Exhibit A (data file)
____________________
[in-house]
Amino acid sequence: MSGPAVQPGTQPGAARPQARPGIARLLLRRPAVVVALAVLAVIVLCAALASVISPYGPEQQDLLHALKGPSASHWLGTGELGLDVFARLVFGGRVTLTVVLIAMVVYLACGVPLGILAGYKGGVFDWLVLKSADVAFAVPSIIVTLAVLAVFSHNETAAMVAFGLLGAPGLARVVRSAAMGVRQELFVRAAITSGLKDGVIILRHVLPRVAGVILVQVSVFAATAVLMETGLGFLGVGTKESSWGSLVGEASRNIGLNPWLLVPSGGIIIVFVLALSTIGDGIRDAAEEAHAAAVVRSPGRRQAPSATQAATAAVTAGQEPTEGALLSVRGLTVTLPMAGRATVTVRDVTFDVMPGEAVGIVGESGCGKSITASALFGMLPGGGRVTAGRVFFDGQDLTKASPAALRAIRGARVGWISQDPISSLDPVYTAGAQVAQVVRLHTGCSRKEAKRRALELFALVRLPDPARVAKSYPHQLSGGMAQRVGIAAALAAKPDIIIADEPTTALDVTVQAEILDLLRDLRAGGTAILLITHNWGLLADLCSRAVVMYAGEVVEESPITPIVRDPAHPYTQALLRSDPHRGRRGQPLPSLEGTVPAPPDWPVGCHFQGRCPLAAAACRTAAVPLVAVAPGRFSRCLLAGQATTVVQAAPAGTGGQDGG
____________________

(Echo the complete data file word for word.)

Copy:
[in-house]
Amino acid sequence: MSGPAVQPGTQPGAARPQARPGIARLLLRRPAVVVALAVLAVIVLCAALASVISPYGPEQQDLLHALKGPSASHWLGTGELGLDVFARLVFGGRVTLTVVLIAMVVYLACGVPLGILAGYKGGVFDWLVLKSADVAFAVPSIIVTLAVLAVFSHNETAAMVAFGLLGAPGLARVVRSAAMGVRQELFVRAAITSGLKDGVIILRHVLPRVAGVILVQVSVFAATAVLMETGLGFLGVGTKESSWGSLVGEASRNIGLNPWLLVPSGGIIIVFVLALSTIGDGIRDAAEEAHAAAVVRSPGRRQAPSATQAATAAVTAGQEPTEGALLSVRGLTVTLPMAGRATVTVRDVTFDVMPGEAVGIVGESGCGKSITASALFGMLPGGGRVTAGRVFFDGQDLTKASPAALRAIRGARVGWISQDPISSLDPVYTAGAQVAQVVRLHTGCSRKEAKRRALELFALVRLPDPARVAKSYPHQLSGGMAQRVGIAAALAAKPDIIIADEPTTALDVTVQAEILDLLRDLRAGGTAILLITHNWGLLADLCSRAVVMYAGEVVEESPITPIVRDPAHPYTQALLRSDPHRGRRGQPLPSLEGTVPAPPDWPVGCHFQGRCPLAAAACRTAAVPLVAVAPGRFSRCLLAGQATTVVQAAPAGTGGQDGG